Clear roles boost engagement within matrix organisations

04 April 2016 4 min. read
More news on

Matrix organisations have for decades been dominating the corporate world. However, while the organisational structure has benefits, particularly for collaboration, employees face a lack of clarity about their role – which creates disengagement. Improving role clarity and accountability, according to McKinsey, may improve engagement outcomes, which in turn correlates with improved business performance.

In a recent article from McKinsey & Company, titled ‘Revisiting the matrix organization’, the consultancy compares various differences between employees working in a matrix organisation and those in nonmatrix organisations. The study itself involved a Gallup panel web survey, completed by 3,956 full-time employees aged 18 and older. Additional studies drawn on for the research include a subsets of McKinsey’s global database for the Organizational Health Index (OHI), as well as a study focusing on the accountability practices of organisations which was conducted by using data from 254 unique companies and 781,224 respondents, collected in 2014 and 2015.

Matrix organisations, in which staff are moved around between reporting lines, have been around for decades. The value of such an organisational structure has come under considerable scrutiny, with supporters and detractors still debating the merits and pitfalls. In McKinsey’s recent research, the consulting firm looked at a range of survey results to identify the strengths and weaknesses of matrix organisations as well as means for bolstering the form of organisation, where necessary.

Nine Elements of Organizational Health

According to the Gallup survey, 84% of US employees are matrixed to some extent. 49% are slightly matrixed as they work on multiple teams some days, while 18% on multiple teams every workday but with different people, though mostly reporting to the same manager (matrixed). The final group of 17% is supermatrixed, working in different teams with different managers.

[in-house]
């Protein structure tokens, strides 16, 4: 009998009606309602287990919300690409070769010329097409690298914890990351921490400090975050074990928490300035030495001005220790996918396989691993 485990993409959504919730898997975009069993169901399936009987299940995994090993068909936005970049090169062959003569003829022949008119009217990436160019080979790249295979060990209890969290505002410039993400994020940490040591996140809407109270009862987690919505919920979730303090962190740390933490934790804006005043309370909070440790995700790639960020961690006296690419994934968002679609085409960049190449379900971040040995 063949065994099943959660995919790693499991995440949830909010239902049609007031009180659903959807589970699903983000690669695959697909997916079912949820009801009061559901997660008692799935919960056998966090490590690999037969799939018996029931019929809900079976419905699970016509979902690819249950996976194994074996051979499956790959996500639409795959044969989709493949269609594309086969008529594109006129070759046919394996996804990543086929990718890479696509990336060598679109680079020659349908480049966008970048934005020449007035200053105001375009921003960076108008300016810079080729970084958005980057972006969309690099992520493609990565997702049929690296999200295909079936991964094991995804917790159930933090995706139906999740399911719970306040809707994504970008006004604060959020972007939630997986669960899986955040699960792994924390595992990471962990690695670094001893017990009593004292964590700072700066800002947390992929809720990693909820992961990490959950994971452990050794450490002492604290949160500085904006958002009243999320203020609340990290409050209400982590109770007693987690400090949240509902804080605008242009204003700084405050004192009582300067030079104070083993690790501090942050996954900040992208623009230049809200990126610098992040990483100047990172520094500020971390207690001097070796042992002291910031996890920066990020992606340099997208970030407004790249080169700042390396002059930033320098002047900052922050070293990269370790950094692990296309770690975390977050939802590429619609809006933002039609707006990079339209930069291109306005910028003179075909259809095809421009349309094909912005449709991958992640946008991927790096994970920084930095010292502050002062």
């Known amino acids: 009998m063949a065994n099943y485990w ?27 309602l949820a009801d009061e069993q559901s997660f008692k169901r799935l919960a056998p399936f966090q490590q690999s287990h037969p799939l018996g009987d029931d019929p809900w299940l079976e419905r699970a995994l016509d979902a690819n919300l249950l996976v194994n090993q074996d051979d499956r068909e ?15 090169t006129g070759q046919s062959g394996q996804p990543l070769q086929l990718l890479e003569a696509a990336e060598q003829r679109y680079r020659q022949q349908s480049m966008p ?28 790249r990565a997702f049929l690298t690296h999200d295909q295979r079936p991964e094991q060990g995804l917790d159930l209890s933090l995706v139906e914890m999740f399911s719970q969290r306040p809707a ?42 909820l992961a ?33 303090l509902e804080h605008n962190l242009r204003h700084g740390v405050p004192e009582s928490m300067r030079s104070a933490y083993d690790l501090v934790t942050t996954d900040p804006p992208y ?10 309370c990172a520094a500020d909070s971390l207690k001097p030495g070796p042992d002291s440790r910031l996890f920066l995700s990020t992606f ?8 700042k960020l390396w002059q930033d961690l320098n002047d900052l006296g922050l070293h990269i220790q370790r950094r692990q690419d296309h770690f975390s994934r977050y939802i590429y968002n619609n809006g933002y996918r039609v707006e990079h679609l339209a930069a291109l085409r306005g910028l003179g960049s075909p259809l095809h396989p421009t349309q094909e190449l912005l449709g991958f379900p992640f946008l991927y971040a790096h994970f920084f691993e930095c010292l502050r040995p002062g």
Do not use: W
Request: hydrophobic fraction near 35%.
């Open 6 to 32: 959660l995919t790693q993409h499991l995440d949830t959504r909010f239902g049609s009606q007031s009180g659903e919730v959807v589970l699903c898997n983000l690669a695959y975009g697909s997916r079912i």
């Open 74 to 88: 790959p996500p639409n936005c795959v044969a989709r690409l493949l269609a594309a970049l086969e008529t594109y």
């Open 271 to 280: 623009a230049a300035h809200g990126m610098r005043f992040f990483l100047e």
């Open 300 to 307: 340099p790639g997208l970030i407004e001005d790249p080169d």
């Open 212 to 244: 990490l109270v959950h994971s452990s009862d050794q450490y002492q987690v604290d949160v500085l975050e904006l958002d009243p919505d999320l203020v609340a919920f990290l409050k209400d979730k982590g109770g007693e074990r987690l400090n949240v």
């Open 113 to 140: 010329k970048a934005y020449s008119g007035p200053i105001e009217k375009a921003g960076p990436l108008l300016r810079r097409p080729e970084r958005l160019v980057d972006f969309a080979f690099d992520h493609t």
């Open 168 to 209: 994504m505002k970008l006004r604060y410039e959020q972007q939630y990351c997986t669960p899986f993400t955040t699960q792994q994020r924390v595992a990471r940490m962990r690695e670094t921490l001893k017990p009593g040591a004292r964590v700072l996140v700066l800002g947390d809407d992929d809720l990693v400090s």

The survey finds that matrixed organisations are not very engaged with their employers, although engagement is an issue across all organisation types. Disengagement has a number of consequences for employers, including outcomes, such as productivity, profitability, and customer perceptions of service quality. The level of engagement for matrix type organisations slightly outperform nonematrix organisations, but not by much. In nonmatrixed organisations 28% of employees are engaged, 56% are not engaged while 16% are actively disengaged. Engagement improves slightly, by 1% and 3% for slightly matrixed and matrixed organisations respectively. In super matrixed organisations, 34% are engaged.

The research shows that source of engagement is a mixed bag, however, finding that matrix organisations create a strong basis for collaboration – which improves engagement and other outcomes – yet, this comes at a cost to role clarity, which reduces engagement. Benefits gained in one category are almost entirely lost in the other.

McKinsey notes that the increase in collaboration is a positive sign for the matrix model, as part of the aim of the model is to improve cross-business collaboration. Supermatrixed employees were almost twice as likely as slightly matrixed ones to say that their organisations not only helped them collaborate more effectively with coworkers, do their best work, and serve customers well, but also stimulated bottom-up innovation. Supermatrixed employees were also more likely to say that they had received recognition or praise during the past seven days, that their opinions counted, and that their fellow employees were committed to doing quality work.

matrixed engagement

On the other side of the engagement coin, the supermatrixed employees were considerably less likely (a minority) to say that they “know what is expected of me at work,” while 60% of the nonmatrixed do know what they are supposed to do. This highlights a relatively common complaint, say the consultants, of the matrix structure – where employees lack clarity about responsibilities, expectations, and who reports to whom. Critics seize up the lack of clarity as creating a slow decision making organisation, where the lines of communication are blurred, stifling productivity, and hinder organisational responsiveness and agility.

The article concludes that if organisations are better able to engage leaders to develop clear roles for matrixed and supermatrixed employees, with clear and consistent accountability and targets for individuals, then disengagement risks can be mitigated. Creating an environment with “higher levels of the ownership mentality predict higher levels of collaboration, organisational commitment, and corporate citizenship, as well as reduced levels of behavior that deviate from workplace norms,” finds the report.